Given the uncertainty of what the next six, 12, even 18 months of work might look like, you might consider refining and upgrading your current workflow infrastructure a ‘fool’s errand.’ But as the world continues to adapt to a new normal, it’s imperative that businesses also adjust operations to accommodate the changing dynamics of what the future of work looks like – not just for external partnerships and customers, but for their internal teams, too. 

And regardless of climate, it’s safe to say that all aspects of business operations should be data-driven and process-oriented. And yet, at many companies, recruiting feels so far behind. Companies that get it right are attracting and landing top talent. Organizations that struggle to move their recruiting (and people management) teams forward are losing out.  

Our CEO wrote about the importance of talent management in the C-suite, but the team the CTO (Chief Talent Officer) builds under them is equally important (in fact, without this team you can’t drive your strategy forward).

And so, while it might feel like we should wait to move our companies forward, now is the time to look inward and begin to rethink, reassess what we’re doing well, and what needs a facelift. Now is the time to ensure we have a strong foundational infrastructure in place.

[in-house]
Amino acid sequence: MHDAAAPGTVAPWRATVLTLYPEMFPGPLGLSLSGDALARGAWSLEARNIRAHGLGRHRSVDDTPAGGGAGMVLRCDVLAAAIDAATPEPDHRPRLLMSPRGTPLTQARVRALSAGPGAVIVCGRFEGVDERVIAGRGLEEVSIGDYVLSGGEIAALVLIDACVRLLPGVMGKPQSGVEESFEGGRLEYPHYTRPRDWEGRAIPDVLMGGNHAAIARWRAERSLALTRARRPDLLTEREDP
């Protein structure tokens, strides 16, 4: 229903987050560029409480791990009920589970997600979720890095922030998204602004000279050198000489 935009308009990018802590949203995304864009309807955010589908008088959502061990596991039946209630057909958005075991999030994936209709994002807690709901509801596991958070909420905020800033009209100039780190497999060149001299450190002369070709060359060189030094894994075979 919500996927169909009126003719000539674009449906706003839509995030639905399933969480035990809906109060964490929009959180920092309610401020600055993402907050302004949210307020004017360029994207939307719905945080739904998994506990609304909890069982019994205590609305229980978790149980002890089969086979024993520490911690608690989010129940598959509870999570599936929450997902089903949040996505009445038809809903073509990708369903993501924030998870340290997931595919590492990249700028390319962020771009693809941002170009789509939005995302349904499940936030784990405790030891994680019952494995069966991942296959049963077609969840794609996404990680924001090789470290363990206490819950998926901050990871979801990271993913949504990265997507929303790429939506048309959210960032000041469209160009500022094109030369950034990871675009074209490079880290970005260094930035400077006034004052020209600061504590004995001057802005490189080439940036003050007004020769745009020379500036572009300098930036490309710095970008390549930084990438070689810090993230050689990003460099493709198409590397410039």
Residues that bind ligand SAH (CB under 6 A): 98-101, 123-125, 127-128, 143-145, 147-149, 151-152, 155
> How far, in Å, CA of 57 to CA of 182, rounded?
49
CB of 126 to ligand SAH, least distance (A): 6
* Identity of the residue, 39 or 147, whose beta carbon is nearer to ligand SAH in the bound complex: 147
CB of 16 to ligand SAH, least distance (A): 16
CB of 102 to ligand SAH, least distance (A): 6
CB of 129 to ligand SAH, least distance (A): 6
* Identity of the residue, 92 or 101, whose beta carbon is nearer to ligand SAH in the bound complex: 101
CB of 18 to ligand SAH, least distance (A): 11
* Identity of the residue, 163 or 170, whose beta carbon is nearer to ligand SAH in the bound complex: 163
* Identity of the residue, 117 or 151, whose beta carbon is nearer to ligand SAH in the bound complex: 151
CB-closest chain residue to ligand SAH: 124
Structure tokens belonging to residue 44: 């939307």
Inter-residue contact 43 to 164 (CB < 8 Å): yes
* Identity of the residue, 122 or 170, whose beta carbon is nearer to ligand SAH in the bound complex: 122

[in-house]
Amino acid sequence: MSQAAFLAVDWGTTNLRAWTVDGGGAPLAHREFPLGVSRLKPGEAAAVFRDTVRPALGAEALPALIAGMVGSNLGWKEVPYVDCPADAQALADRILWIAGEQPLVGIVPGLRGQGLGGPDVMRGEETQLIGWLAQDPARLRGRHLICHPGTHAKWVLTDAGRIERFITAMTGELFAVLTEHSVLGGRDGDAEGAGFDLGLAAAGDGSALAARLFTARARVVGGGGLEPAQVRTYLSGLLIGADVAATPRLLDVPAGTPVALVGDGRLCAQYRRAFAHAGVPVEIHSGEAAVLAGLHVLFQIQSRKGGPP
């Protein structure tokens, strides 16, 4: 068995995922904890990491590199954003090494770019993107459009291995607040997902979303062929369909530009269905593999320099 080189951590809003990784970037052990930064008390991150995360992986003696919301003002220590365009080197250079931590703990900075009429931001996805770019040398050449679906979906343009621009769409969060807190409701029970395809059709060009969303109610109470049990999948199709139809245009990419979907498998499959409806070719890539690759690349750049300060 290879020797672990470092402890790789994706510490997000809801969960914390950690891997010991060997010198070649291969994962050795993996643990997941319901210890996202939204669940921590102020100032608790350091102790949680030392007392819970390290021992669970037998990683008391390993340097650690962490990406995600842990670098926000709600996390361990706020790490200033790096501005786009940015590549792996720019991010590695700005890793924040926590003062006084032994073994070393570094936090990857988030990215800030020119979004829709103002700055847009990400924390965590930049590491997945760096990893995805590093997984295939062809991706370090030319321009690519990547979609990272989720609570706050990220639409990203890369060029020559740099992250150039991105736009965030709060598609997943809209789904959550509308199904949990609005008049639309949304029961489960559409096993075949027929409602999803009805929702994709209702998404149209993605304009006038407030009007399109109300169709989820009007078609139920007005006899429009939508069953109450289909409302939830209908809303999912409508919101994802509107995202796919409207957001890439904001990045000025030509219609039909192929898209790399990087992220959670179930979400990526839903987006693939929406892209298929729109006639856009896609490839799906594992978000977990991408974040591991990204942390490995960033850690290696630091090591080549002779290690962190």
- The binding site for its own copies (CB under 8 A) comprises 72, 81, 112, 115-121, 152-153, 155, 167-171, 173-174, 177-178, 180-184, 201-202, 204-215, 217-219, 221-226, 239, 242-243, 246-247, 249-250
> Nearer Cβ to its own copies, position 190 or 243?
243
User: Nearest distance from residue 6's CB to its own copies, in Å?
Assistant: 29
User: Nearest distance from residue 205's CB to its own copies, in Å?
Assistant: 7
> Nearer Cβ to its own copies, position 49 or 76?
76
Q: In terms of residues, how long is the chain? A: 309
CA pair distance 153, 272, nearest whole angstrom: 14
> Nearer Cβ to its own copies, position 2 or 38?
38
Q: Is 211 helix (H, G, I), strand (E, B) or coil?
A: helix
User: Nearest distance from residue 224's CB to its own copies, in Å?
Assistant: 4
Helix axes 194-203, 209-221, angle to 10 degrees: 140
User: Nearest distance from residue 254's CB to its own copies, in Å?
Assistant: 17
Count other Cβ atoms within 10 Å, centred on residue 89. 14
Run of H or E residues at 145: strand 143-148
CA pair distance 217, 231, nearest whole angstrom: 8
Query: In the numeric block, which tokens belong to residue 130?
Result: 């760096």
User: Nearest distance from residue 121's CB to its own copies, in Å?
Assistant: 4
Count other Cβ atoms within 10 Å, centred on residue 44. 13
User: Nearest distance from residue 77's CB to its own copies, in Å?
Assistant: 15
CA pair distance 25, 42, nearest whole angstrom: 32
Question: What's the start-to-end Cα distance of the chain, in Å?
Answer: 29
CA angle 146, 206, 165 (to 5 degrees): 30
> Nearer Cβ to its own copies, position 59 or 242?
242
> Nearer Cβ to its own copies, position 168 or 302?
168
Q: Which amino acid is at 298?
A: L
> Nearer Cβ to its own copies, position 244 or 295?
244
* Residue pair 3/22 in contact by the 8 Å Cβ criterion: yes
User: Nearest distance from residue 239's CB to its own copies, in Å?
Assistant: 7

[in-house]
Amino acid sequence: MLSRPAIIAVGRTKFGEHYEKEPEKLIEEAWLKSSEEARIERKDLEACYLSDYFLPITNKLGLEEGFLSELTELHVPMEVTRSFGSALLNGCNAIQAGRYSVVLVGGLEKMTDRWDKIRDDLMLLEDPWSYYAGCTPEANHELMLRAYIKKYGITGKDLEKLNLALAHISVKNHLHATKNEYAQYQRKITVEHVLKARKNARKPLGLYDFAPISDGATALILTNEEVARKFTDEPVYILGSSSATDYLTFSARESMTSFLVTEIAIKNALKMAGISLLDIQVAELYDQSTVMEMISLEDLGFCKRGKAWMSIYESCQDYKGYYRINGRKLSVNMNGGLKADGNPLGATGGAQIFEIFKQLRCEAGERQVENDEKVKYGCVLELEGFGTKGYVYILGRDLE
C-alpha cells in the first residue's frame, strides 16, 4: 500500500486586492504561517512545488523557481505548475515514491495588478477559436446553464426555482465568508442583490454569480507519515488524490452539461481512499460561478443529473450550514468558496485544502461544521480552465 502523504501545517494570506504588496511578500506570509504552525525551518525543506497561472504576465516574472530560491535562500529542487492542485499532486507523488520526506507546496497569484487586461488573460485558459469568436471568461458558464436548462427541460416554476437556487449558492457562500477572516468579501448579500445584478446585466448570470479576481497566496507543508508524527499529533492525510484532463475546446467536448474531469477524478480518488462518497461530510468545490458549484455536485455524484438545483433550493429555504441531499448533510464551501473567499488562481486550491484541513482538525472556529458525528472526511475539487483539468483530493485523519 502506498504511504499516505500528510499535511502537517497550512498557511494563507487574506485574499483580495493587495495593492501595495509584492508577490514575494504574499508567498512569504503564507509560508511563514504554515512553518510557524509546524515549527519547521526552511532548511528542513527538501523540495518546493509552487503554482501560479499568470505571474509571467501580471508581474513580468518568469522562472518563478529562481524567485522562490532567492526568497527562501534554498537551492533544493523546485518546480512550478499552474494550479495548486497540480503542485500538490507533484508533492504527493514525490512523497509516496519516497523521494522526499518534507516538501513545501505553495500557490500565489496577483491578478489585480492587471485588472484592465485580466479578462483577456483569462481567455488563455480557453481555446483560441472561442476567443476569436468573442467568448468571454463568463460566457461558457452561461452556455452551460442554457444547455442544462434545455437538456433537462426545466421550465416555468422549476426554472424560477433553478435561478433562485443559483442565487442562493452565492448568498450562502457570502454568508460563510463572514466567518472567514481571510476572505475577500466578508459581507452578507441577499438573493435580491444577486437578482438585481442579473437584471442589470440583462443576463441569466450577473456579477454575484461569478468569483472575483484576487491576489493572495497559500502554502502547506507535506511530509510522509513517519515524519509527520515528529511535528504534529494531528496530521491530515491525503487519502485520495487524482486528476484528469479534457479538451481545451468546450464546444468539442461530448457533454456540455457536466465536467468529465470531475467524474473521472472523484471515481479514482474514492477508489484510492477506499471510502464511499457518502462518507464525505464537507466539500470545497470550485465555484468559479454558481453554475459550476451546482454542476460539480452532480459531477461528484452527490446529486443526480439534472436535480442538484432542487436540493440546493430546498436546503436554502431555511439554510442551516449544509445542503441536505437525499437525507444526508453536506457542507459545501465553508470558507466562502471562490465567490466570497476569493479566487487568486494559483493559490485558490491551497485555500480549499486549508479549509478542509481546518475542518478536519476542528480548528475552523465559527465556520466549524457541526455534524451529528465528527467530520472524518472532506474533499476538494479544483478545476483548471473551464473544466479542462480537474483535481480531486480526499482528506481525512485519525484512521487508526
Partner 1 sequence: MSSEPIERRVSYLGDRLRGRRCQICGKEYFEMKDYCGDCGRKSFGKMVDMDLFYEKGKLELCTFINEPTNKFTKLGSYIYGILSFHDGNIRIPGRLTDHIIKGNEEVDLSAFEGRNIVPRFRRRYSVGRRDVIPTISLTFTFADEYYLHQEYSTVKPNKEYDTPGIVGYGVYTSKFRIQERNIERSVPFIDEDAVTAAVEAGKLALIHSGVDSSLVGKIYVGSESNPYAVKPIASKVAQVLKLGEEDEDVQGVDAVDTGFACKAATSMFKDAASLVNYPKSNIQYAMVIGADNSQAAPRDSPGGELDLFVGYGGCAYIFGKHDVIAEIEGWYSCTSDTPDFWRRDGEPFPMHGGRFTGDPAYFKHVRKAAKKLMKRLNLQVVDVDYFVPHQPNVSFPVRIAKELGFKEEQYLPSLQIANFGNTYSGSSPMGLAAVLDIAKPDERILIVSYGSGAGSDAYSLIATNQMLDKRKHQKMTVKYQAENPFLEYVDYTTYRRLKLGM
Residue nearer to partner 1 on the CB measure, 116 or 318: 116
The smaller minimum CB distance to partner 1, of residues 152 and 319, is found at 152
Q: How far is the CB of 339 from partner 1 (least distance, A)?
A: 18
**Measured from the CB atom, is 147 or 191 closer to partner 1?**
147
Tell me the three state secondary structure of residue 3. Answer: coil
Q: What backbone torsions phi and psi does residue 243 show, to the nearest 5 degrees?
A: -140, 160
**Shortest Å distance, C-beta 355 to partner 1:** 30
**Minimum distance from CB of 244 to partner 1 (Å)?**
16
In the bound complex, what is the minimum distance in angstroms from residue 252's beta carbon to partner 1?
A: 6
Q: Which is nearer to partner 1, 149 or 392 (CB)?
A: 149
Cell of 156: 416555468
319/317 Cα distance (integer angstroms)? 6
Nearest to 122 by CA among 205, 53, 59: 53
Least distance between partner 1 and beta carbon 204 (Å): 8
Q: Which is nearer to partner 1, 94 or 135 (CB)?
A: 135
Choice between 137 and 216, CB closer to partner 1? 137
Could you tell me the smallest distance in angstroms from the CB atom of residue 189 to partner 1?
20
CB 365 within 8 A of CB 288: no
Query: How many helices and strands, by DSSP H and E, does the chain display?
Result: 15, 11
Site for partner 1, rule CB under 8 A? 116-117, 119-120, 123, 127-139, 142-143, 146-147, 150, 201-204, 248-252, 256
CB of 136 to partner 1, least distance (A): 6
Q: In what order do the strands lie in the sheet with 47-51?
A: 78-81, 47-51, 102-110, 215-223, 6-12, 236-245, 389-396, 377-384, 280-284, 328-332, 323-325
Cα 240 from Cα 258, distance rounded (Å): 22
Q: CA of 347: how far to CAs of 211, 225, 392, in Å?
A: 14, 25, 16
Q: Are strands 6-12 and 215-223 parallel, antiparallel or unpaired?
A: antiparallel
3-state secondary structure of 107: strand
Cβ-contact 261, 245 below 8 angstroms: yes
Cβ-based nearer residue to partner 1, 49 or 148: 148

Looking to improve, or perhaps implement, your recruiting ops? Here’s what you need to know… 

First things first: Why Recruiting Ops?

Finding and landing top candidates isn’t an easy task, and the companies that have an organized, data-forward internal team will inevitably secure better talent. 

Streamlined Processes will help to make sure that you’ve taken every aspect of the interview timeline into consideration and leave little room for unnecessary hiccups. In the long run, this will help your team do their jobs more effectively and maximize output. 

A clean and straightforward process will also help you attract and recruit higher-quality talent. Today’s top candidates will not waste their time with companies that have messy or ambiguous internal processes, as this is a direct reflection of how your company operates in other areas of the business. Impeccable candidate experience is critical to your success. 

The nitty-gritty of recruiting ops: 

Building out and streamlining processes 

Think of your collection of tools as a recruiting stack – a cohort of SASS and engineered products that work together to keep your team moving forward.